Finally a planet-friendly solution to fixing South Africa’s broken roads

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The CSIR says the 200m stretch of road made from recyled tyres asphalt i performing as expected. (PHOTO CSIR-ASPHALT)
The CSIR says the 200m stretch of road made from recyled tyres asphalt i performing as expected. (PHOTO CSIR-ASPHALT)

The bitumen which is usually used for South Africa’s tarred roads is strengthened with expensive imported polymers, says Georges Mturi, manager of CSIR’s Advanced Material Testing Laboratories,, but the “rubber road” uses locally available additives.

He added that the experimental road, which is frequently used by heavy vehicles, hadn’t sustained any damage or deformation in its year of use.

“Any recycled product is a more sustainable solution because you are creating a new end market to reduce waste material, and it’s economical given it’s a waste material,” Georges says.

“The major benefit of this invention will be an increase in the recycling of waste tyres in the road industry, for the benefit of building better-performing roads.”

As is often the case with breakthrough inventions, the road project was motivated by a shortage of bitumen (a petroleum byproduct also known as asphalt) from refineries, which meant that it had to be imported at great expense. 

It’s a joint project between the CSIR and Much Asphalt Gauteng Regional Laboratory.

The road was made from two asphalt layers. The bottom layer is a 60mm layer of bitumen and the top 40mm-thick layer, on which vehicles drive, is made from bitumen modified with recycled tyres and specialist polymers.

It’s not the first road that’s been constructed using recycled tyres, but it uses more recycled materials than previous efforts.

“The technology applied in this research was aimed at the further recycling of waste coming from the bitumen-rubber binder for other roads once it’s no longer usable. We’re re-recycling the binder that already contains up to 20% of recycled tyre material.”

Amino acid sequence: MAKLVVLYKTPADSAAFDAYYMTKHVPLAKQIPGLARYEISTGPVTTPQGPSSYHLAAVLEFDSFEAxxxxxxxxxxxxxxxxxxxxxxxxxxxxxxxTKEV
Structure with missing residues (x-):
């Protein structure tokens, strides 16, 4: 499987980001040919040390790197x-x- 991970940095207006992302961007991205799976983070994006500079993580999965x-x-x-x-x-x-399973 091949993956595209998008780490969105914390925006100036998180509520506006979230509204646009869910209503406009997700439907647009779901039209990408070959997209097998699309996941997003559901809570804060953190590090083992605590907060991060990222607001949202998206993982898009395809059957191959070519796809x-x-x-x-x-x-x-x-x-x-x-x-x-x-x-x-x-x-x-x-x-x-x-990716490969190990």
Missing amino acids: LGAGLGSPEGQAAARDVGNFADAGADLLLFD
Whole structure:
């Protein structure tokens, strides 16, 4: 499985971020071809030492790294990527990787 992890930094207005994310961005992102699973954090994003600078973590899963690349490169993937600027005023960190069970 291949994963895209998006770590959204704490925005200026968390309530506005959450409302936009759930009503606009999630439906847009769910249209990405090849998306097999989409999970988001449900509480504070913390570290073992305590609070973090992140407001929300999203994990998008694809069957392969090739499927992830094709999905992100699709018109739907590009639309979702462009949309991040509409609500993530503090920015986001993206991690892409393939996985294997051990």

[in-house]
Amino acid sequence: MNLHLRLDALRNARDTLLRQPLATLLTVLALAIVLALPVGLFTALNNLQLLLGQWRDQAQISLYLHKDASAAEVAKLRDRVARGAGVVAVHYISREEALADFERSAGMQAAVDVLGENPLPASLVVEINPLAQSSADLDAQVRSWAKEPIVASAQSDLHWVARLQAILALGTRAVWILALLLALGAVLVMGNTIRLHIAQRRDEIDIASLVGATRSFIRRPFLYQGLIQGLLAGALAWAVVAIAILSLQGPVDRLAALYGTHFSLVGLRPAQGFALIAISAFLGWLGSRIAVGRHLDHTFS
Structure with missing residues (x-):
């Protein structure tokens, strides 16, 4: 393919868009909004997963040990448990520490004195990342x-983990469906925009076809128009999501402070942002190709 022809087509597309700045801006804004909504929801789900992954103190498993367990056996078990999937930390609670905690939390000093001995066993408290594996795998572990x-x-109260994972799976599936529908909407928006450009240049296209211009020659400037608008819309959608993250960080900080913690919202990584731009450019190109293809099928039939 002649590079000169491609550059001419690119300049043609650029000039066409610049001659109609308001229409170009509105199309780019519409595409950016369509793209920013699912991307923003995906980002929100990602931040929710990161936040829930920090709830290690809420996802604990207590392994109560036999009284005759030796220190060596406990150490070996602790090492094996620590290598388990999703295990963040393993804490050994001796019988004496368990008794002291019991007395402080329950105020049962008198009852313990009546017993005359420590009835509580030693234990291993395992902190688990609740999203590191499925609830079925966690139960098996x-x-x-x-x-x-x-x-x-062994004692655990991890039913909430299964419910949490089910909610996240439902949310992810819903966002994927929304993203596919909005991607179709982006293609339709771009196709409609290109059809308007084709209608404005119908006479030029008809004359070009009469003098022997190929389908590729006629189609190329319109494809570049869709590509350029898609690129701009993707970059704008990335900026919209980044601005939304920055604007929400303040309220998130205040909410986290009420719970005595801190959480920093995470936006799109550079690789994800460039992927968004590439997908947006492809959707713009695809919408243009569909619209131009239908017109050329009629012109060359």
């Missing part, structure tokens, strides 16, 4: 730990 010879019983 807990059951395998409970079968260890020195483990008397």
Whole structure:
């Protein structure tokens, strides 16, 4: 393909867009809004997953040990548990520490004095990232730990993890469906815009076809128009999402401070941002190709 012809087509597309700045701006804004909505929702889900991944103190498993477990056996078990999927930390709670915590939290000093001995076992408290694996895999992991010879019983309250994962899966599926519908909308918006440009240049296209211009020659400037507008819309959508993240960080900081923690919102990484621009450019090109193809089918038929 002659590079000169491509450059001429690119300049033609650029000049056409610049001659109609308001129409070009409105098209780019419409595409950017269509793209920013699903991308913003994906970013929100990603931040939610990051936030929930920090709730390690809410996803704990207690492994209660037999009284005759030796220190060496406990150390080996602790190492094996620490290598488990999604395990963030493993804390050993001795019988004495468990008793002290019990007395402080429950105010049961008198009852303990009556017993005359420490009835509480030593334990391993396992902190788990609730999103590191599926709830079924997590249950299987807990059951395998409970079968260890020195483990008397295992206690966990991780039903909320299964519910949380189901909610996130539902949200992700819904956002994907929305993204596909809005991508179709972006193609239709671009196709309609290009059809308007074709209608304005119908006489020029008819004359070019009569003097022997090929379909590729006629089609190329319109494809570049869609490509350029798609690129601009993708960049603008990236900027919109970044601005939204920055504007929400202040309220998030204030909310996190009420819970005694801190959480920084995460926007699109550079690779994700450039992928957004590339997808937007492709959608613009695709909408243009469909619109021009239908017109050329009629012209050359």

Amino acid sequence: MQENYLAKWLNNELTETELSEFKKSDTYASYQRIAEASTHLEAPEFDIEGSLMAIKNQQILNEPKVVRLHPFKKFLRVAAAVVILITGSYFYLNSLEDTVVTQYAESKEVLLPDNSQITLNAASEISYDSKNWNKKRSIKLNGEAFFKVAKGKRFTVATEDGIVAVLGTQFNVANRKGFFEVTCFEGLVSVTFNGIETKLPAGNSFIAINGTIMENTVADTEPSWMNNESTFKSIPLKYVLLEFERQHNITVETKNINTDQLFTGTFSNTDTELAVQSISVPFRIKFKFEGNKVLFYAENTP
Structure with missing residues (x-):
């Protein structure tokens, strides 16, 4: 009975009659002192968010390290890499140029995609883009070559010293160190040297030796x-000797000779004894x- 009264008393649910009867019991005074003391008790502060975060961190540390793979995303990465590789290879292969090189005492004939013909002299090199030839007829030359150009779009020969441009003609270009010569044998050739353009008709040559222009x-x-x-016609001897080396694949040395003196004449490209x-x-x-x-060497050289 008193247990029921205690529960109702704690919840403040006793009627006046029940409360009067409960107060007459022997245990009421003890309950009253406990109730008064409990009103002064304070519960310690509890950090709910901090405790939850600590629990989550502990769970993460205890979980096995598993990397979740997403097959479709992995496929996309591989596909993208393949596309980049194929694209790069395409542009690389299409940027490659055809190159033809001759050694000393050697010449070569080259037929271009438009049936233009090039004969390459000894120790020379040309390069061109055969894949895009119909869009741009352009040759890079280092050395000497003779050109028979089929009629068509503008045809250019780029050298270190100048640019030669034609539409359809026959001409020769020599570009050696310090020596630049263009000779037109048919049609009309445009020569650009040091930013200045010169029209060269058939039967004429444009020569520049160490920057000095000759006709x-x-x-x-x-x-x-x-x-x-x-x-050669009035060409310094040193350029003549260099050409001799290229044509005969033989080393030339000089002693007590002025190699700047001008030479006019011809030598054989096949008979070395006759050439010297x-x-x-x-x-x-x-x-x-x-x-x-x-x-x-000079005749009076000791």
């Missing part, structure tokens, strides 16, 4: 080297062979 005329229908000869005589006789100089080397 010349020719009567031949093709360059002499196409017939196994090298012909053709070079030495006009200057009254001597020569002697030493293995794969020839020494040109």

Not only is this new type of road economical, it’s also environmentally friendly, Georges says.

“We need to create new sustainable markets to inspire new industries to create employment, construct better-performing roads as well as reduce the global challenge of accumulating waste streams.”

The world’s first road made from recycled plastic
The world’s first road made from recycled plastic was a cycling path constructed in the Netherlands in 2018. (PHOTO: PLASTICROAD.EU)
It was prefabricated and put together on site. (PH
It was prefabricated and put together on site. (PHOTO:PLASTICROAD.EU)

RECYLED ROADS  Last year, the first-ever South African road to be made with plastic containing asphalt was paved in KwaZulu-Natal. The 80m road in Cliffdale was constructed to tackle two serious issues – too much plastic waste and damaged roads. It was made from locally recycled plastic, which makes it an affordable option. Other countries such as the US have used this method before, but it was the first of its kind in SA.

Jeffreys Bay in the Eastern Cape also has its own stretch of road made from recycled plastic asphalt. Constructed in 2009, the 300m stretch is said to have saved costs of up to R5.5 million compared to a normal tar road of the same distance.

The world’s first road made from recycled plastic was constructed in the Netherlands in 2018. The 30m bike path was manufactured in a factory and didn’t contain any asphalt. It was carried to the site and assembled at the location.

While the road is made almost entirely from recycled plastic, it’s expected to last three times longer than conventional asphalt roads, according to


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